When Arp Schnitger, a reputed organ maker who working in Germany in the late 17th century, was assigned a portion of an underground crypt of St Peter’s Cathedral in Bremen to work in, is sure that he didn’t expect to find the mummified remains of not one, but eight residents of the German city!
The crypt is located beneath the nave of the cathedral and was originally used to store lead that was used for renovations to the roof and other structures, giving to the chamber its name Bleikeller. It seems that the lead, the dry air of the crypt, or a combination of other factors are thought to have caused the natural mummification of the corpses, which are thought to date back around 400 years.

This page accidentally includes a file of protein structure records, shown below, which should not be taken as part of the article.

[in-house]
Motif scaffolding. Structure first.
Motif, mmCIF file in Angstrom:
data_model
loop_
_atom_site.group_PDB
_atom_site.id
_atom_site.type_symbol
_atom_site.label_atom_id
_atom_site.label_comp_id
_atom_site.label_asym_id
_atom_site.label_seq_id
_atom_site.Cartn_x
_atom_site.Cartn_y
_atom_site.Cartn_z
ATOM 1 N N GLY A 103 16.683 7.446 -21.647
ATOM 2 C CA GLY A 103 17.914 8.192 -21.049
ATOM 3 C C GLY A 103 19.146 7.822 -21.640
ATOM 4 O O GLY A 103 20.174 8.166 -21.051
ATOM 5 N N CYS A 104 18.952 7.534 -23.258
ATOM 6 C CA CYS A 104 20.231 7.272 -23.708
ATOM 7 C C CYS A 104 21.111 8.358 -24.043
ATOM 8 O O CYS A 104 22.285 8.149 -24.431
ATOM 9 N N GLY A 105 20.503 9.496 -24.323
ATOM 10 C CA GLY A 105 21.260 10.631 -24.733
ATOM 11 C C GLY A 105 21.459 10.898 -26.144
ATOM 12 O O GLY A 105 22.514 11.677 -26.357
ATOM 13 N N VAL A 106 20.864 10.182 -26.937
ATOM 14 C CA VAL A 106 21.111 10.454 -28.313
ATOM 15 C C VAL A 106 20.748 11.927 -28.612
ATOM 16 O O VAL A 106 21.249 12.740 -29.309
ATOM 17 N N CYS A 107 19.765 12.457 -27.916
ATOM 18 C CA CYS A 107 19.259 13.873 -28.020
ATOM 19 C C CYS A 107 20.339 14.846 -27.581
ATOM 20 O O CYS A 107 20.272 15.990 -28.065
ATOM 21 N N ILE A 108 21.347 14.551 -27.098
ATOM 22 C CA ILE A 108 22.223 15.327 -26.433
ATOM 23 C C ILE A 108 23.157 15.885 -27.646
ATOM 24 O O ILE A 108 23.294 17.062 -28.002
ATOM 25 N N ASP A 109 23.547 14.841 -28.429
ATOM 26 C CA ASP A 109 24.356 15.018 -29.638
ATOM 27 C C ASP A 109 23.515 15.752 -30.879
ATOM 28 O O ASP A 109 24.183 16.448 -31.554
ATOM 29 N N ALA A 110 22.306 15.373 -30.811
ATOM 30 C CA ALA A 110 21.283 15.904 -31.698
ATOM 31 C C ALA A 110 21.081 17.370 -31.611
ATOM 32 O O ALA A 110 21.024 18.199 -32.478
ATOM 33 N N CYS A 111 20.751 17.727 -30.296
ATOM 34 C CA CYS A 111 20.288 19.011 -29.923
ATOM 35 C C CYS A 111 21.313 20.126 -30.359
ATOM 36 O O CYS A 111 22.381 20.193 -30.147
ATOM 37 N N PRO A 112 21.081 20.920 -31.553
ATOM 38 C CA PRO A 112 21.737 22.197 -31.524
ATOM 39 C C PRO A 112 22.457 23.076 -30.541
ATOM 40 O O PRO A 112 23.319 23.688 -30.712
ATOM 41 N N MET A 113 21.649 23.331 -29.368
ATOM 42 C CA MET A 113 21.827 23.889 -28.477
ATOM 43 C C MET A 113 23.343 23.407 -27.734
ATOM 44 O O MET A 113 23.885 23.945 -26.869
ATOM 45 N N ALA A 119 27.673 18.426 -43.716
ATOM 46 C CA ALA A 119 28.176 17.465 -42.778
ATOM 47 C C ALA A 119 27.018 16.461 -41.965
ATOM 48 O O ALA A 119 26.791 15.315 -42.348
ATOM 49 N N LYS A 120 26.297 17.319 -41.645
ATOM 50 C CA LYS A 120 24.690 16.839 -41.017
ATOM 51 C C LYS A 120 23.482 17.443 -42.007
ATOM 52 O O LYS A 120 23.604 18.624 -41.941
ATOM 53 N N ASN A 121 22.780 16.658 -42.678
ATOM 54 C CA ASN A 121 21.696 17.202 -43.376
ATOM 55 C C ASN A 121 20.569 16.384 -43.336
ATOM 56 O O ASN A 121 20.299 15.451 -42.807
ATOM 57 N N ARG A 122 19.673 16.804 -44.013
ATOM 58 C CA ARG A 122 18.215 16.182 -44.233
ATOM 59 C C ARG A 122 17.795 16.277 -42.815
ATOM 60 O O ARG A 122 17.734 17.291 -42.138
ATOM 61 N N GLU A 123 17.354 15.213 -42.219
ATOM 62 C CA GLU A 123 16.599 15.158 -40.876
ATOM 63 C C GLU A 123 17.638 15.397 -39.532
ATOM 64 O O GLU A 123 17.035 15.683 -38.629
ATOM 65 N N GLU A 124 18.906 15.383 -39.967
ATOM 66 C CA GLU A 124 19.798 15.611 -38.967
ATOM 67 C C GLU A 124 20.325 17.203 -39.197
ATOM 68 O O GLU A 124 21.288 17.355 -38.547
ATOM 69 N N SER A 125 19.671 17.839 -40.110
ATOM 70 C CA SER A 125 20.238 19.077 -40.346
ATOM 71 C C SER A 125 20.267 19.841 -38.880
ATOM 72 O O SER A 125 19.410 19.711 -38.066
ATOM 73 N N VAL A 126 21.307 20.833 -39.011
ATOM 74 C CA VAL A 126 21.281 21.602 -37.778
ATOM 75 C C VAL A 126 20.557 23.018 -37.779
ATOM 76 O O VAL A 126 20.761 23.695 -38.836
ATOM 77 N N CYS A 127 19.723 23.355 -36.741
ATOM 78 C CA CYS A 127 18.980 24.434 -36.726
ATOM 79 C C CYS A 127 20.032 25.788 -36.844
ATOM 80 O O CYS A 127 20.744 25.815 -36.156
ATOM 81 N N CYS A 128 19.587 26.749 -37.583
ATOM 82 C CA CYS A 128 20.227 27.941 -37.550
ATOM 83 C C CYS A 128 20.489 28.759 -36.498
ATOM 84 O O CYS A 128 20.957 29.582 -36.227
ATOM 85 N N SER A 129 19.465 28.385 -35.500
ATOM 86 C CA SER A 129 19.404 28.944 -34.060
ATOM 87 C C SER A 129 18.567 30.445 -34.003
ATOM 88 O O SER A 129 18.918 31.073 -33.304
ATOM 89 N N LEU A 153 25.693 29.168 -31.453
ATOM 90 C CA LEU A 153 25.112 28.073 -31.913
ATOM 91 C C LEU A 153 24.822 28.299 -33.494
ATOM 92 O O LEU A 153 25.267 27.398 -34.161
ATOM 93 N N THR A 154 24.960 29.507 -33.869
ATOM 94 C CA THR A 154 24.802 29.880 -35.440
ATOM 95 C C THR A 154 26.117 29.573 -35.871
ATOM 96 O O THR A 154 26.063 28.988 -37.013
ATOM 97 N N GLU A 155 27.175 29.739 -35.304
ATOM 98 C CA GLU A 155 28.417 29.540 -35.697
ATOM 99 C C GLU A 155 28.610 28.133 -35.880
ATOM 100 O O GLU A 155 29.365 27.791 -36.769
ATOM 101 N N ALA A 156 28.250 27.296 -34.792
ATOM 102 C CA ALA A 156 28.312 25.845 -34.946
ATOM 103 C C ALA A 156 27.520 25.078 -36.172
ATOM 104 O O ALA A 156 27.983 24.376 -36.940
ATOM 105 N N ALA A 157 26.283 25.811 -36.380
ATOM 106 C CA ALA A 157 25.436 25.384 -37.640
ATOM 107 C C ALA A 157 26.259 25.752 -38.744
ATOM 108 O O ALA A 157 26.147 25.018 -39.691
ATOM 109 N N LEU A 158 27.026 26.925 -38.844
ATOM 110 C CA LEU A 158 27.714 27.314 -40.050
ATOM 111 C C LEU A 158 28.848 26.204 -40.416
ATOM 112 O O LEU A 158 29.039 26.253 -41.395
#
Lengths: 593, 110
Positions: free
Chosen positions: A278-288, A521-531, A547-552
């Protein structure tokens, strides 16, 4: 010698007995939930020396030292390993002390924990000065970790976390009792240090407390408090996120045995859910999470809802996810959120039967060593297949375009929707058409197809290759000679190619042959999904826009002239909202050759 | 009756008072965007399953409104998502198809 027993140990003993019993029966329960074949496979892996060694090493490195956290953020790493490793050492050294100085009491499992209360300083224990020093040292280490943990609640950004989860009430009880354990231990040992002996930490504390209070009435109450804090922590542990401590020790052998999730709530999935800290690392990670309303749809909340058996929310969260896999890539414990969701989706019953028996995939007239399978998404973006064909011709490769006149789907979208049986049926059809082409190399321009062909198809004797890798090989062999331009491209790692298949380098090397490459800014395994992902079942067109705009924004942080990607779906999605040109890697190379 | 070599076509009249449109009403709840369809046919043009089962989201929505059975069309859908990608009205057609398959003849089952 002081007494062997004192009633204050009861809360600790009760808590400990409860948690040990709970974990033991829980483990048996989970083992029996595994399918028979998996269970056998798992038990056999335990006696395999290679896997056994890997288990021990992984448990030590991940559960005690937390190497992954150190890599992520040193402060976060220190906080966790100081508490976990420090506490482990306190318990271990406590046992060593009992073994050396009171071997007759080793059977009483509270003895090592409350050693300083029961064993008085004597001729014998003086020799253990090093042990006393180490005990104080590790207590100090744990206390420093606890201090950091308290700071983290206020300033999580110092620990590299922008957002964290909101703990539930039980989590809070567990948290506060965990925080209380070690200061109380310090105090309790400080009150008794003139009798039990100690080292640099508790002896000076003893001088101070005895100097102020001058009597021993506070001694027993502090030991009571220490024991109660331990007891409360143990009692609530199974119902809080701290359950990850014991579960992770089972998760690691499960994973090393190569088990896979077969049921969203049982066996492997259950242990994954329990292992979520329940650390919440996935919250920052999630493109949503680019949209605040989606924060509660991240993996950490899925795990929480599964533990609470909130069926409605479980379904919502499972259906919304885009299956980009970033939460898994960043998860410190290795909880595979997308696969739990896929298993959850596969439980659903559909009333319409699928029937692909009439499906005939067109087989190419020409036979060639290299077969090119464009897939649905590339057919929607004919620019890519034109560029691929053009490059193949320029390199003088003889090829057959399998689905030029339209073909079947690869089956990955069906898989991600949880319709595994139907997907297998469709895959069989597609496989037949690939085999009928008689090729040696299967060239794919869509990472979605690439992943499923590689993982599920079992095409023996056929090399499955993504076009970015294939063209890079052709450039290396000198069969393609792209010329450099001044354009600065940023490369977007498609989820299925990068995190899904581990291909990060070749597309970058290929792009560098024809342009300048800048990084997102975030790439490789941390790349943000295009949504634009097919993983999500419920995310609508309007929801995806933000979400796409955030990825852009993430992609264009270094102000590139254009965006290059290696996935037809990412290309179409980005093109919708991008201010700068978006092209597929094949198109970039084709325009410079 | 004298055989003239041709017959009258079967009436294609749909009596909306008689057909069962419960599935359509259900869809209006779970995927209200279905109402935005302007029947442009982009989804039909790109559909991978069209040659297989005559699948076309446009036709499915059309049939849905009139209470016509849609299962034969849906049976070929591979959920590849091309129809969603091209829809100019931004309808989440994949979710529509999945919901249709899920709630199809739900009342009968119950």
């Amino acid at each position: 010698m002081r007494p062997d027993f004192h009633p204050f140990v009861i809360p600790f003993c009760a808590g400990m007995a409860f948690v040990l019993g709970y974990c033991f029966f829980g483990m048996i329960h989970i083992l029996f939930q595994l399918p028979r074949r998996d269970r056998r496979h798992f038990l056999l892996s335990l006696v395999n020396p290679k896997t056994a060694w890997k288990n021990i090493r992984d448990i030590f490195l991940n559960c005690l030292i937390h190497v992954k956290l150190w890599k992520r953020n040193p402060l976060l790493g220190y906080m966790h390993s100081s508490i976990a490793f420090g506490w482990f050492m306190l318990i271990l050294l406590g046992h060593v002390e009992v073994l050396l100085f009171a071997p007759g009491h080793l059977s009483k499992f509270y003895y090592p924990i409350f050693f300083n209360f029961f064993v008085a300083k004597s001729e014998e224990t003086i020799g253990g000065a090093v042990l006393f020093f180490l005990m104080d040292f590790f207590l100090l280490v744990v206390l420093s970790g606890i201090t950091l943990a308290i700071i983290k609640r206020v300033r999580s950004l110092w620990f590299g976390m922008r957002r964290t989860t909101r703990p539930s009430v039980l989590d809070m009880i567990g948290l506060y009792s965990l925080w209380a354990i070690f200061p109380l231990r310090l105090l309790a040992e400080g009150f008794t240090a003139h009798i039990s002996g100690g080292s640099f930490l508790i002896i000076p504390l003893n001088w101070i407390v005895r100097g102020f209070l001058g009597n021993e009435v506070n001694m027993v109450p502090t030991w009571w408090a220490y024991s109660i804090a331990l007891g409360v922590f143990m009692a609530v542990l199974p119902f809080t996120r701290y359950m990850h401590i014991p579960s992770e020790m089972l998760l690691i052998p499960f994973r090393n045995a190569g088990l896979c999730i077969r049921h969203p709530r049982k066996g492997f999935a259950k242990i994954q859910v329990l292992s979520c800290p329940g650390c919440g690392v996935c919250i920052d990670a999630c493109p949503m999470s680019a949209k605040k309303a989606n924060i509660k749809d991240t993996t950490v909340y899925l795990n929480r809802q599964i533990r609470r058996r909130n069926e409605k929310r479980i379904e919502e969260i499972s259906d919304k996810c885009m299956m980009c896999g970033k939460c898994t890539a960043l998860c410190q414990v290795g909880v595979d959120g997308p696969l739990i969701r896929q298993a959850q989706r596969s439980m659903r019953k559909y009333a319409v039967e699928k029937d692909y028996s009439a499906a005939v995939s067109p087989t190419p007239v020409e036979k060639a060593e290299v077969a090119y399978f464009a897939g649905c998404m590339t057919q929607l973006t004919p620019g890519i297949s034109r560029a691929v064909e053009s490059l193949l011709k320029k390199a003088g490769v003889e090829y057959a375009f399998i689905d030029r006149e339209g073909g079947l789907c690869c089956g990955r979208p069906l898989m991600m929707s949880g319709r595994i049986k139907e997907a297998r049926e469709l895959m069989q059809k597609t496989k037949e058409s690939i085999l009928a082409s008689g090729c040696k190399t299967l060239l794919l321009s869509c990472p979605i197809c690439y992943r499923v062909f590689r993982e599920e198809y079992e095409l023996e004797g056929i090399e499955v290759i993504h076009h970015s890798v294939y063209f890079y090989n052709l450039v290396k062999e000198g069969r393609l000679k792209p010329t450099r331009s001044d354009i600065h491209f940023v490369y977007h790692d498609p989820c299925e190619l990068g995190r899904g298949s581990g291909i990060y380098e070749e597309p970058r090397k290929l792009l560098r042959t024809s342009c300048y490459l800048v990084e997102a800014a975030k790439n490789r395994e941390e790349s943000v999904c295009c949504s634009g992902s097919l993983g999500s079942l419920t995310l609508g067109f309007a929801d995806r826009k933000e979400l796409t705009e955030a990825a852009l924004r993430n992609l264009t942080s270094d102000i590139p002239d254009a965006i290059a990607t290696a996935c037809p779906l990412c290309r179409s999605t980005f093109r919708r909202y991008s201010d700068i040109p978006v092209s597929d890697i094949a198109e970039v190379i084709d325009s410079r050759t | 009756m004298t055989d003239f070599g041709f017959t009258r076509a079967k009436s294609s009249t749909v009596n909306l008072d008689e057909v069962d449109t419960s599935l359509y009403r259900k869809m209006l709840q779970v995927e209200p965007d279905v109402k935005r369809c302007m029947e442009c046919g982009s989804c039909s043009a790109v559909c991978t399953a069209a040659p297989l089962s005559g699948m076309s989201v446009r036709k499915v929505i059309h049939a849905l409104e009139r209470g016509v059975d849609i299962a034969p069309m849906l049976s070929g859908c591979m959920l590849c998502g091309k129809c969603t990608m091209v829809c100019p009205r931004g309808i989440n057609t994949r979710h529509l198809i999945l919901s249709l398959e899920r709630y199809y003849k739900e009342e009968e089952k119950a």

Since they were discovered, the mummies have been a source of great curiosity for locals and visitors alike.
The mummies were placed in glass-topped coffins, and they can be accessed still today through a separate entrance in the church complex. Each of them has its own story to tell.
The body of a man who was killed and has his mouth open as if shouting.
A Swedish general and his assistant.
An English countess, identified in some places as Lady Stanhope.
A murdered student.
A citizen of Bremen named Konrad Ehlers.
And the last Swedish administrator of the cathedral, Georg Bernhard von Engelbrechten, and his wife.